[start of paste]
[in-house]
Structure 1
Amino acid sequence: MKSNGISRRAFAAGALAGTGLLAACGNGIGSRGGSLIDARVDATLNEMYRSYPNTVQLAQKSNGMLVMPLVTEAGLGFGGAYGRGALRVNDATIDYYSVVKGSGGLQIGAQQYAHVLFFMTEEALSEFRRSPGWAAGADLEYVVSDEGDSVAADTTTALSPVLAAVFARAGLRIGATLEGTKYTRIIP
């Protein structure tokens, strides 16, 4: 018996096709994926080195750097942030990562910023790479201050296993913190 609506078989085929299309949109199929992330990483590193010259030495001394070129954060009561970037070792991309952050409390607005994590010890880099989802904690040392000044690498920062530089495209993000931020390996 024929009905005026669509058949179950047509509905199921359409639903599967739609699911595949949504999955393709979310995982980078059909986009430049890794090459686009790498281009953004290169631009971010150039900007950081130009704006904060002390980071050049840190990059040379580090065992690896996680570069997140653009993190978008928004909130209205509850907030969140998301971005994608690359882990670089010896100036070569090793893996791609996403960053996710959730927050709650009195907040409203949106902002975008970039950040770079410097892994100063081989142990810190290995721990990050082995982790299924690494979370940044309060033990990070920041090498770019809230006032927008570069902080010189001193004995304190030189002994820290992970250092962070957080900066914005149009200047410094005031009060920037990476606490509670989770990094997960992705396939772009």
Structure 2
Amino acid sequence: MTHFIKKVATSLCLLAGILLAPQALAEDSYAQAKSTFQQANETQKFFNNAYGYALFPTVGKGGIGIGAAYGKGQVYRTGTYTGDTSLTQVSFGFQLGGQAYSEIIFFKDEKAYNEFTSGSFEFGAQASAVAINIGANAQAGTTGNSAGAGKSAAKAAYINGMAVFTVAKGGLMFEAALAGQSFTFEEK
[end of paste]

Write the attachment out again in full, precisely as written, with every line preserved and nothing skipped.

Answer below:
[in-house]
Structure 1
Amino acid sequence: MKSNGISRRAFAAGALAGTGLLAACGNGIGSRGGSLIDARVDATLNEMYRSYPNTVQLAQKSNGMLVMPLVTEAGLGFGGAYGRGALRVNDATIDYYSVVKGSGGLQIGAQQYAHVLFFMTEEALSEFRRSPGWAAGADLEYVVSDEGDSVAADTTTALSPVLAAVFARAGLRIGATLEGTKYTRIIP
């Protein structure tokens, strides 16, 4: 018996096709994926080195750097942030990562910023790479201050296993913190 609506078989085929299309949109199929992330990483590193010259030495001394070129954060009561970037070792991309952050409390607005994590010890880099989802904690040392000044690498920062530089495209993000931020390996 024929009905005026669509058949179950047509509905199921359409639903599967739609699911595949949504999955393709979310995982980078059909986009430049890794090459686009790498281009953004290169631009971010150039900007950081130009704006904060002390980071050049840190990059040379580090065992690896996680570069997140653009993190978008928004909130209205509850907030969140998301971005994608690359882990670089010896100036070569090793893996791609996403960053996710959730927050709650009195907040409203949106902002975008970039950040770079410097892994100063081989142990810190290995721990990050082995982790299924690494979370940044309060033990990070920041090498770019809230006032927008570069902080010189001193004995304190030189002994820290992970250092962070957080900066914005149009200047410094005031009060920037990476606490509670989770990094997960992705396939772009």
Structure 2
Amino acid sequence: MTHFIKKVATSLCLLAGILLAPQALAEDSYAQAKSTFQQANETQKFFNNAYGYALFPTVGKGGIGIGAAYGKGQVYRTGTYTGDTSLTQVSFGFQLGGQAYSEIIFFKDEKAYNEFTSGSFEFGAQASAVAINIGANAQAGTTGNSAGAGKSAAKAAYINGMAVFTVAKGGLMFEAALAGQSFTFEEK